Aka Rock Furnace
The mill was built in 1770 as a rifle factory by Andreas (Andrew) and Veronica Kauffman. Jacob Kauffman was the owner from 1780 to 1788. According to the tax records, Christian Musselman became the next owner in 1789. Musselman converted the rifle factory to a grist mill in 1794. Christian was the owner in 1815 when the tax assessment described the mill as a grist mill of stone, 2.5 stories high, and 30×50 feet in size.
Christian’s son, David Musselman, became the next owner. David sold the property to John Lintner and Christian Hershey in 1833. Ten years later the property was sold to John M. Bear. In 1846, John Schlott became the next owner. After John’s death, his heirs sold the mill to John Stoneroad in 1851. John Stoneroad operated the mill for 47 years. John’s son Henry S. Stoneroad and his wife Amanda assumed ownership in 1898. The mill had two grinding burrs at first and later a third set of stones was added.
|Structure||2.5 Story Stone|
|Water Source||Little Conestoga|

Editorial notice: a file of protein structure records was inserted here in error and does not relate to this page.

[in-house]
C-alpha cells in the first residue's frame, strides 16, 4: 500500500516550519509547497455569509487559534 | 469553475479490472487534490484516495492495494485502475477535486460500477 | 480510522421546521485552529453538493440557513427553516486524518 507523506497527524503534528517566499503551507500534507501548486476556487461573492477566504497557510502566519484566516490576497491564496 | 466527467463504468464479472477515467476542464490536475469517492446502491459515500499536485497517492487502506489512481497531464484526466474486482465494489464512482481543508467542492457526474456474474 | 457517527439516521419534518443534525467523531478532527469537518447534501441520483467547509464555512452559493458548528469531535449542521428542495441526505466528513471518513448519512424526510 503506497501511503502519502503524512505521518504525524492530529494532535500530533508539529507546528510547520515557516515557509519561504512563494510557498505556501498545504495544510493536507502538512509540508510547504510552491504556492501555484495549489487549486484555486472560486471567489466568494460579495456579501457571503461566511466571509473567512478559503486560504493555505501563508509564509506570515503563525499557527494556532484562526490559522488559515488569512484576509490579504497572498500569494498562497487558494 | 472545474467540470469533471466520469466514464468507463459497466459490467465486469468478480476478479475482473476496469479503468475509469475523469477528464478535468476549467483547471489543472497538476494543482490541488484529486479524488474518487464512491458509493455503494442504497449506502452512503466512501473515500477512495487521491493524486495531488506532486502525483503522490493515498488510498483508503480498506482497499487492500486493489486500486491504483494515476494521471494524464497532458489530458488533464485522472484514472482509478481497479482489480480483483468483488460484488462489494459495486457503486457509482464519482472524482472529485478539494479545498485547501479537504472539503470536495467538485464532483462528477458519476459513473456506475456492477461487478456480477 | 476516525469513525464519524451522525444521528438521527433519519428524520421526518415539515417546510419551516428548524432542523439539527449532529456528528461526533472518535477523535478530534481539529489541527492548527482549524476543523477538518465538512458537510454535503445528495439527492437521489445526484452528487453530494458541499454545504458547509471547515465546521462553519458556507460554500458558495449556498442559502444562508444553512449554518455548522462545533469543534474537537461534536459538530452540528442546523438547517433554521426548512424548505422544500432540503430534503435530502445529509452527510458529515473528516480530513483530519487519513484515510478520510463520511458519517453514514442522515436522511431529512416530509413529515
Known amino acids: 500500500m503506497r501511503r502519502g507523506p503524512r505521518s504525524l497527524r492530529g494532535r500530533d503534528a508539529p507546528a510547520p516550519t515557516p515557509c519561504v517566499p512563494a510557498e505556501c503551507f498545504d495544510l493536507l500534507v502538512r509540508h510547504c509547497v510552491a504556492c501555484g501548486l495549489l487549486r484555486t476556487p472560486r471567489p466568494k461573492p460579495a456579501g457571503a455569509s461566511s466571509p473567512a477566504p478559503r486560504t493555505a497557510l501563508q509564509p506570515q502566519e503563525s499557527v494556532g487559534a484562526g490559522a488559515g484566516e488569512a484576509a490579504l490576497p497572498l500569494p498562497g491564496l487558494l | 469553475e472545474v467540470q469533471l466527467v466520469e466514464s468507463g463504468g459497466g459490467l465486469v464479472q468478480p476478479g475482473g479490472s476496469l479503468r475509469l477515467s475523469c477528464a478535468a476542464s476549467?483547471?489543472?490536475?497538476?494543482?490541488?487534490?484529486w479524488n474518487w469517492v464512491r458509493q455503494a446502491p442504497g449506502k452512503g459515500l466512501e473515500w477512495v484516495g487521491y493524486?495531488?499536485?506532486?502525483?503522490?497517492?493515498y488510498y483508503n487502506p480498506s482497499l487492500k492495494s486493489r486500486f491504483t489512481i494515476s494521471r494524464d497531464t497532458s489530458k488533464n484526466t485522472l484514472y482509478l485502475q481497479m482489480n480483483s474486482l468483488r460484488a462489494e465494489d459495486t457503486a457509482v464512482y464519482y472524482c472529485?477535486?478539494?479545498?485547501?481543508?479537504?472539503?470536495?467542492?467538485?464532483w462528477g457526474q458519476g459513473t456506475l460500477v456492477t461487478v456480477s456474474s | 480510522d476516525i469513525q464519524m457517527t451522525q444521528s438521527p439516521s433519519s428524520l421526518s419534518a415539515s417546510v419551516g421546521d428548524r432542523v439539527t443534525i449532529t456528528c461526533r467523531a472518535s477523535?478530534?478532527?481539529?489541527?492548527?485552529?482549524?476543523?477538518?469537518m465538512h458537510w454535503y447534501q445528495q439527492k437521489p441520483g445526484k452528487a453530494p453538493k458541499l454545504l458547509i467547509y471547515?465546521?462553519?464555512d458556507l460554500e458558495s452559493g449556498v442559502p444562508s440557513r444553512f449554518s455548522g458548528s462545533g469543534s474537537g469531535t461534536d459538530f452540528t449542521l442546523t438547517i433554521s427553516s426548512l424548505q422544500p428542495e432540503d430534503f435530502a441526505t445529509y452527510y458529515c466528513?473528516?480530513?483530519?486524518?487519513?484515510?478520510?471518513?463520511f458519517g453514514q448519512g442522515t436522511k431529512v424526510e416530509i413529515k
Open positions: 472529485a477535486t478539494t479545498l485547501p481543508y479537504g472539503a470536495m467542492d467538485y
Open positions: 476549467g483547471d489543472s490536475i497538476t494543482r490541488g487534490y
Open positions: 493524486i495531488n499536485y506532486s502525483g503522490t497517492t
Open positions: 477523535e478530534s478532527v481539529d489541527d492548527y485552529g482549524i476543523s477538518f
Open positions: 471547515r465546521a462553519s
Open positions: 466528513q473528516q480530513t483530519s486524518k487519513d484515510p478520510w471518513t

|Dam Height||2 feet|
|Capacity||10 bbl / day|
After Henry’s death, the mill was offered for sale at public auction. Ben Mann purchased the property on May 26, 1941. Ben turned the mill over to his son, George S. Mann who began to renovate the property. In 1947, George Mann offered the mill to the Lancaster County Art Association to use as their headquarters. The Association turned the upper floor of the mill into an art studio. The held oil painting classes in the mill on Monday and Tuesday nights. The mill became a popular subject for oil paintings. After the LCAA moved their headquarters into downtown Lancaster in 1950, the Mann’s continued to make the mill property available for community groups. The Lancaster Cotillion Club, a social ballroom dancing club, held their annual picnic at the mill. The Lancaster County National Bank held corn roasts for their employees on the grounds. The Lancaster Country Day School and the LGH Auxiliary held events at the mill.
In 1972, that infamous nemesis of bridges, Hurricane Agnes, flooded the mill and destroyed the historic covered bridge that was next to the mill. The bridge was replaced with an open steel bridge with a wooden floor. In 1976, Brian Langsett purchased the mill from Arthur Mann and converted the mill into his family home. Langsett planned to use the waterpower to generate electricity for the residence. The current owners purchased the property in March of the year 2000.
The mill is located at 1560 Stone Mill Road.